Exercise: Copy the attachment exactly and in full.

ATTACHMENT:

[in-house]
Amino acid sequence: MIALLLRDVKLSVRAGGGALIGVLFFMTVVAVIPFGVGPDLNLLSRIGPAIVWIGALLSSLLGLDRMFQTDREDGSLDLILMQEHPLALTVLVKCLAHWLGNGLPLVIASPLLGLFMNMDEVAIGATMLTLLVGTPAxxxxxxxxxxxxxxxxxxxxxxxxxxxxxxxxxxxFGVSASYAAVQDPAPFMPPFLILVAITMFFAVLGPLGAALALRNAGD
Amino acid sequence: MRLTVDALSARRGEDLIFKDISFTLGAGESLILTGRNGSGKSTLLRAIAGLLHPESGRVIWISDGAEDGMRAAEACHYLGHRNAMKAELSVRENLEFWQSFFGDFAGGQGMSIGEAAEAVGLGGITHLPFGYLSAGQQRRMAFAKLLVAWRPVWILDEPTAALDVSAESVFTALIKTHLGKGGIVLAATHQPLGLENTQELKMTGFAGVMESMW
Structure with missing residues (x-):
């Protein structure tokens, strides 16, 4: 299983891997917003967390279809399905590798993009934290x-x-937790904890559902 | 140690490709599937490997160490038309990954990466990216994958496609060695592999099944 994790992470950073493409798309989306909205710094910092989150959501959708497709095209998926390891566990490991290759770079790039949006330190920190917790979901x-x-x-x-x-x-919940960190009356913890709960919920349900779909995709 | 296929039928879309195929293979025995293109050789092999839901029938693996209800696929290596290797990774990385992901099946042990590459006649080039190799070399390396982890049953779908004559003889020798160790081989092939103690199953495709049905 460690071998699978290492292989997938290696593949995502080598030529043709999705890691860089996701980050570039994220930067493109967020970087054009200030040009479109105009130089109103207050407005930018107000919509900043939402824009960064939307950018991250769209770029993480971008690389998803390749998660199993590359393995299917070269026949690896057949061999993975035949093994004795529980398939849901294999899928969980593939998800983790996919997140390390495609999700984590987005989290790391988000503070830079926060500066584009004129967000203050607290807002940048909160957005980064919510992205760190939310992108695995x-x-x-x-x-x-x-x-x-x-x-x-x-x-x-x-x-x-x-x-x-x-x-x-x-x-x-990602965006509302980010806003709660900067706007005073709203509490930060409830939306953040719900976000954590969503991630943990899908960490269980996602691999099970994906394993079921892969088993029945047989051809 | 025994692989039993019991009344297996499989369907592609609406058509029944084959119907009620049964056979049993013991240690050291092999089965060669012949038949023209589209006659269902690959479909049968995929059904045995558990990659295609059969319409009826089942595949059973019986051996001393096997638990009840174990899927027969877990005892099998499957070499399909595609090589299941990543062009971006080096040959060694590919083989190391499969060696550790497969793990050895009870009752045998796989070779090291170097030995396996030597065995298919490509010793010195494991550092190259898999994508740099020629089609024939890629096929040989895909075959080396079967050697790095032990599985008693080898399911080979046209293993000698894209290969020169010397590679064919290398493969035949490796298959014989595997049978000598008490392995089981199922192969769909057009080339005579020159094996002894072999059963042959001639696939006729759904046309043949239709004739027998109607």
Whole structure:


[in-house]
Amino acid sequence: MIALLLRDVKLSVRAGGGALIGVLFFMTVVAVIPFGVGPDLNLLSRIGPAIVWIGALLSSLLGLDRMFQTDREDGSLDLILMQEHPLALTVLVKCLAHWLGNGLPLVIASPLLGLFMNMDEVAIGATMLTLLVGTPAxxxxxxxxxxxxxxxxxxxxxxxxxxxxxxxxxxxFGVSASYAAVQDPAPFMPPFLILVAITMFFAVLGPLGAALALRNAGD
Amino acid sequence: MRLTVDALSARRGEDLIFKDISFTLGAGESLILTGRNGSGKSTLLRAIAGLLHPESGRVIWISDGAEDGMRAAEACHYLGHRNAMKAELSVRENLEFWQSFFGDFAGGQGMSIGEAAEAVGLGGITHLPFGYLSAGQQRRMAFAKLLVAWRPVWILDEPTAALDVSAESVFTALIKTHLGKGGIVLAATHQPLGLENTQELKMTGFAGVMESMW
Structure with missing residues (x-):
């Protein structure tokens, strides 16, 4: 299983891997917003967390279809399905590798993009934290x-x-937790904890559902 | 140690490709599937490997160490038309990954990466990216994958496609060695592999099944 994790992470950073493409798309989306909205710094910092989150959501959708497709095209998926390891566990490991290759770079790039949006330190920190917790979901x-x-x-x-x-x-919940960190009356913890709960919920349900779909995709 | 296929039928879309195929293979025995293109050789092999839901029938693996209800696929290596290797990774990385992901099946042990590459006649080039190799070399390396982890049953779908004559003889020798160790081989092939103690199953495709049905 460690071998699978290492292989997938290696593949995502080598030529043709999705890691860089996701980050570039994220930067493109967020970087054009200030040009479109105009130089109103207050407005930018107000919509900043939402824009960064939307950018991250769209770029993480971008690389998803390749998660199993590359393995299917070269026949690896057949061999993975035949093994004795529980398939849901294999899928969980593939998800983790996919997140390390495609999700984590987005989290790391988000503070830079926060500066584009004129967000203050607290807002940048909160957005980064919510992205760190939310992108695995x-x-x-x-x-x-x-x-x-x-x-x-x-x-x-x-x-x-x-x-x-x-x-x-x-x-x-990602965006509302980010806003709660900067706007005073709203509490930060409830939306953040719900976000954590969503991630943990899908960490269980996602691999099970994906394993079921892969088993029945047989051809 | 025994692989039993019991009344297996499989369907592609609406058509029944084959119907009620049964056979049993013991240690050291092999089965060669012949038949023209589209006659269902690959479909049968995929059904045995558990990659295609059969319409009826089942595949059973019986051996001393096997638990009840174990899927027969877990005892099998499957070499399909595609090589299941990543062009971006080096040959060694590919083989190391499969060696550790497969793990050895009870009752045998796989070779090291170097030995396996030597065995298919490509010793010195494991550092190259898999994508740099020629089609024939890629096929040989895909075959080396079967050697790095032990599985008693080898399911080979046209293993000698894209290969020169010397590679064919290398493969035949490796298959014989595997049978000598008490392995089981199922192969769909057009080339005579020159094996002894072999059963042959001639696939006729759904046309043949239709004739027998109607």
Whole structure: